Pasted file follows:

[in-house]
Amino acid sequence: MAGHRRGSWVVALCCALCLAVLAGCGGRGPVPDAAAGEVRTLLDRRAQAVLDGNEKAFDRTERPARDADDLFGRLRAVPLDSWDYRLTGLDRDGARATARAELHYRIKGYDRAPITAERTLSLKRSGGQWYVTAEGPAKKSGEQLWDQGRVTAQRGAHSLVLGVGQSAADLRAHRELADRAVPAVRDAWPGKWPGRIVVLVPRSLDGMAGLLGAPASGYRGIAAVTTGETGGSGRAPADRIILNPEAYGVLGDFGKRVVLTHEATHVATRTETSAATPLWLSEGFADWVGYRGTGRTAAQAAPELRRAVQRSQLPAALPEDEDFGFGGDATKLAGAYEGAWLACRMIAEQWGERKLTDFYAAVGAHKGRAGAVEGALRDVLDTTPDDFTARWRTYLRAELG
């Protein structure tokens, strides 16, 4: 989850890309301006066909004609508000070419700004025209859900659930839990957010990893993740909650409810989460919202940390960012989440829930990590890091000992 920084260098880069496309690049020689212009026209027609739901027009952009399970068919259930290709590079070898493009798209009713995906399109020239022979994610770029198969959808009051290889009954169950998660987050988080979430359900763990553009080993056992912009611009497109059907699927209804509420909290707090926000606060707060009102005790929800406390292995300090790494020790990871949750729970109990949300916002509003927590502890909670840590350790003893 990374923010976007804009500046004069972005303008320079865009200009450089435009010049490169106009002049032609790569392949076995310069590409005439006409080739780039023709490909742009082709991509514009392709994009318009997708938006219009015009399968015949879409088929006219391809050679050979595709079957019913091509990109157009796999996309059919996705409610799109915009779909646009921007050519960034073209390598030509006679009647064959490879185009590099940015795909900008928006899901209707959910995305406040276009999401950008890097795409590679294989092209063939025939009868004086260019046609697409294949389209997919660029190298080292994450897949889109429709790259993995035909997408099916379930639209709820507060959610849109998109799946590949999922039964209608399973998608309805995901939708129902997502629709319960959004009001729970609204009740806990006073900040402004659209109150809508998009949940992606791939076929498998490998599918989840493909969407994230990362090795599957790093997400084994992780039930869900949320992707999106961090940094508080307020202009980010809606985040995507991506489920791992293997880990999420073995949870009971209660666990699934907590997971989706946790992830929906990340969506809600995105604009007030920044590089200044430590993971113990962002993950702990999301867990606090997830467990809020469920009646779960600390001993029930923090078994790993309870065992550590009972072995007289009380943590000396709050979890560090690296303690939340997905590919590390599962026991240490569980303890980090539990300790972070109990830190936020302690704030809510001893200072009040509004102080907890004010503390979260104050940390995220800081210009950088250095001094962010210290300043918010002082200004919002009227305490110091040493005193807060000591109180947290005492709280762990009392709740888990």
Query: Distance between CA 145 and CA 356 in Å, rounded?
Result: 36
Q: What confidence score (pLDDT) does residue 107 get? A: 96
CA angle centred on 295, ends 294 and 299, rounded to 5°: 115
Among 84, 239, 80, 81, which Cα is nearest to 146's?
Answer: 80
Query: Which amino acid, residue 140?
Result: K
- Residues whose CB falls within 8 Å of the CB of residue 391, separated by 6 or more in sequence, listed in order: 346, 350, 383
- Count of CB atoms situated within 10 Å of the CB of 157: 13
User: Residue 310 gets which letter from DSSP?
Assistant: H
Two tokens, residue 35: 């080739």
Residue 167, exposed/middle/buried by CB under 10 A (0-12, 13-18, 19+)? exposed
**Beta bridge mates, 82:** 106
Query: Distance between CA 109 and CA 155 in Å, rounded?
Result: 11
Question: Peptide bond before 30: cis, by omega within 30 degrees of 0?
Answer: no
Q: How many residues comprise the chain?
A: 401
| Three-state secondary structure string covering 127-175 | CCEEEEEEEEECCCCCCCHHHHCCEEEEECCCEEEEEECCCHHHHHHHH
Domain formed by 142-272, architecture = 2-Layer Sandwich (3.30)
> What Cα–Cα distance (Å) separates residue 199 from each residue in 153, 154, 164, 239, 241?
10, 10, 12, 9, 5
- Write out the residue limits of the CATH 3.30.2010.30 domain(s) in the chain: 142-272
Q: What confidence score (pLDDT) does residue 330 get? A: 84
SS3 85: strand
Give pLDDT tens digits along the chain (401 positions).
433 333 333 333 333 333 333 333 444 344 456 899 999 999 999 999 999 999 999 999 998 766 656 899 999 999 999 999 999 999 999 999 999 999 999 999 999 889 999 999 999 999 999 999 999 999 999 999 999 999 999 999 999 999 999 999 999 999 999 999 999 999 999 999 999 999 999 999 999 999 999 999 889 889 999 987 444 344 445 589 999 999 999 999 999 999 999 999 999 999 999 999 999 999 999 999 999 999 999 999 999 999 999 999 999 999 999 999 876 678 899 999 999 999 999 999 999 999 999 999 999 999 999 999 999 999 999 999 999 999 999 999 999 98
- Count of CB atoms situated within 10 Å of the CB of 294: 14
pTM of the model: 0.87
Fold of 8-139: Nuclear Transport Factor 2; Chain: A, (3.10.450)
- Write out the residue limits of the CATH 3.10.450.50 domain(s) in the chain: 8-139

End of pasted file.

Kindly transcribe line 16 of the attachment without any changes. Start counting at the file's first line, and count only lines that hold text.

Two tokens, residue 35: 């080739």